Following that, support and treatment for mental health problems include…
Talking therapies involve talking to a trained professional about your behaviour, feelings and thoughts. Talking therapies can also be referred to as counselling, psychological therapy, psychotherapy, talking treatment, and therapy.
There are different types of talking therapies, including:
- Cognitive behavioural therapy (CBT) – helps you manage your problems by changing the way you behave and think.
- Dialectical behaviour therapy (DBT) – is a version of CBT that can help those that experience emotions very strongly. It teaches you how to cope with stress, live in the moment, improve your relationships, and regulate your emotions.
- Humanistic therapy – allows you to explore your whole self rather than label yourself based on specific characteristics or issues. The aim of it is to help you grow, live your life to the fullest, and be true to yourself.
- Psychodynamic therapy – explores how experiences in your past and your unconscious mind influence your behaviour, current thoughts, feelings and relationships.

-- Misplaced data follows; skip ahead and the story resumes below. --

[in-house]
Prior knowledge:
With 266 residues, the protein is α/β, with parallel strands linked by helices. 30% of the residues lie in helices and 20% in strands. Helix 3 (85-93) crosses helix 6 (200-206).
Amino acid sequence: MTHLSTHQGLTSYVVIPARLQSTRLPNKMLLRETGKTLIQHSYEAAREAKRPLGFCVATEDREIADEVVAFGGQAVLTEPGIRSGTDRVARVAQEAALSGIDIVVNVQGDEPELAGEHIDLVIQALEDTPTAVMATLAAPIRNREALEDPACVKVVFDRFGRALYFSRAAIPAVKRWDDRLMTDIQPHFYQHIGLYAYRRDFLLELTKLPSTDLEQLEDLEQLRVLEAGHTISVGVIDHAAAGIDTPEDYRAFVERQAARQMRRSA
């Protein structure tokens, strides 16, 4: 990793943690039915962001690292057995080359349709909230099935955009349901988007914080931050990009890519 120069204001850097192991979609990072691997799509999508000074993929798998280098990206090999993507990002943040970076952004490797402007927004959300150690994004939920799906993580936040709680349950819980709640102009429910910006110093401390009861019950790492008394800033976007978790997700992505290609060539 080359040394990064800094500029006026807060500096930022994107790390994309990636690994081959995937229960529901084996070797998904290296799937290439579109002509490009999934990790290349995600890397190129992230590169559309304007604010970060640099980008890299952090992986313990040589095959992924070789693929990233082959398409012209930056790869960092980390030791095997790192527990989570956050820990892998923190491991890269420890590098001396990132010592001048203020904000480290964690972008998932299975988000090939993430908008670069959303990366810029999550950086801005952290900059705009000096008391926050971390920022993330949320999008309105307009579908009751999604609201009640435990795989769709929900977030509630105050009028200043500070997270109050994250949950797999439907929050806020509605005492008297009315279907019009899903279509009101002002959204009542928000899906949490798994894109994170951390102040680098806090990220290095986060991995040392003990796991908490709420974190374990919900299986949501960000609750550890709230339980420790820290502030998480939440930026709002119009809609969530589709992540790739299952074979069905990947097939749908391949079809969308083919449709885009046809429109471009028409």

You can be referred for NHS talking therapies by a GP or you can make a referral yourself. Or, you might prefer to see a private therapist. The Mind website has plenty of helpful information on finding a therapist, which you can access here.
There are many ways that you can help yourself manage your mental health.
These can include…
- Finding ways to cope with stress, for example, by practising mindfulness. Taking some time for yourself is another, as is avoiding unhealthy habits, like being reliant on alcohol.
- Eating the right foods can provide you with more energy, improve your mood, and help you think more clearly. Examples of healthy foods that are particularly good for your mind are fatty fish, oats, and bananas. You can read more about these in our list of 9 mood-boosting foods.
- Getting regular exercise can help you maintain or improve your mental health. You don’t have to run a marathon – you can dance around the house and housework is also good exercise. A government study also shows that going for a walk in woodlands is good for our mental health.
- Taking up a hobby has been linked to lower levels of depression and, in some cases, can prevent it. A hobby might be gardening, doing jigsaw puzzles, or practising photography.
- Journaling is a simple way of helping you improve your mental health by reducing your anxiety. It can also boost your memory and comprehension which helps to keep your brain active.
- Listening to music can cause our brains to release dopamine (a feel-good chemical). This in turn helps the listener to a feel-good state of mind. Other ways that music can benefit you are by improving your quality of sleep and helping you eat a healthier diet.